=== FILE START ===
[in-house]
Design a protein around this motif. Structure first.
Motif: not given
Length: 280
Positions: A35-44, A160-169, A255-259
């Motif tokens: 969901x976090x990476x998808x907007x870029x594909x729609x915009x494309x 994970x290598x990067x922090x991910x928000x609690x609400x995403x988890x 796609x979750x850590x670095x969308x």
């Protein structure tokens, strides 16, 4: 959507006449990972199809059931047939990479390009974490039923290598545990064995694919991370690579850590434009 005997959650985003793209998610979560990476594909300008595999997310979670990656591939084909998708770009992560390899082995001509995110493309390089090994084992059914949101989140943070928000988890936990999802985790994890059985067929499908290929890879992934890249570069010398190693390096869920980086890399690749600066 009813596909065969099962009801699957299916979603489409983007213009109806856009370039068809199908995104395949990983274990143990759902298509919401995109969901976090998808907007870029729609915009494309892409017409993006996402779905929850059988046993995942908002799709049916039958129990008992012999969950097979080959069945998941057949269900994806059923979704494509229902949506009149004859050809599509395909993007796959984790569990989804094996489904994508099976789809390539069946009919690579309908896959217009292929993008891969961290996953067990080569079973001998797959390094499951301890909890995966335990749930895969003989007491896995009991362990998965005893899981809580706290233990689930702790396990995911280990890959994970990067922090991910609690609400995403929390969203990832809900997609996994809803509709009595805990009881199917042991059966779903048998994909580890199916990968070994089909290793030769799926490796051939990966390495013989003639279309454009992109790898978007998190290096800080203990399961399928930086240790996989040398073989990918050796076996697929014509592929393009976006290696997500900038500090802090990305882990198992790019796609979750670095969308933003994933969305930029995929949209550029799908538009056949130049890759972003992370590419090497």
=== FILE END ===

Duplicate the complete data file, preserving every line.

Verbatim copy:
[in-house]
Design a protein around this motif. Structure first.
Motif: not given
Length: 280
Positions: A35-44, A160-169, A255-259
């Motif tokens: 969901x976090x990476x998808x907007x870029x594909x729609x915009x494309x 994970x290598x990067x922090x991910x928000x609690x609400x995403x988890x 796609x979750x850590x670095x969308x």
């Protein structure tokens, strides 16, 4: 959507006449990972199809059931047939990479390009974490039923290598545990064995694919991370690579850590434009 005997959650985003793209998610979560990476594909300008595999997310979670990656591939084909998708770009992560390899082995001509995110493309390089090994084992059914949101989140943070928000988890936990999802985790994890059985067929499908290929890879992934890249570069010398190693390096869920980086890399690749600066 009813596909065969099962009801699957299916979603489409983007213009109806856009370039068809199908995104395949990983274990143990759902298509919401995109969901976090998808907007870029729609915009494309892409017409993006996402779905929850059988046993995942908002799709049916039958129990008992012999969950097979080959069945998941057949269900994806059923979704494509229902949506009149004859050809599509395909993007796959984790569990989804094996489904994508099976789809390539069946009919690579309908896959217009292929993008891969961290996953067990080569079973001998797959390094499951301890909890995966335990749930895969003989007491896995009991362990998965005893899981809580706290233990689930702790396990995911280990890959994970990067922090991910609690609400995403929390969203990832809900997609996994809803509709009595805990009881199917042991059966779903048998994909580890199916990968070994089909290793030769799926490796051939990966390495013989003639279309454009992109790898978007998190290096800080203990399961399928930086240790996989040398073989990918050796076996697929014509592929393009976006290696997500900038500090802090990305882990198992790019796609979750670095969308933003994933969305930029995929949209550029799908538009056949130049890759972003992370590419090497």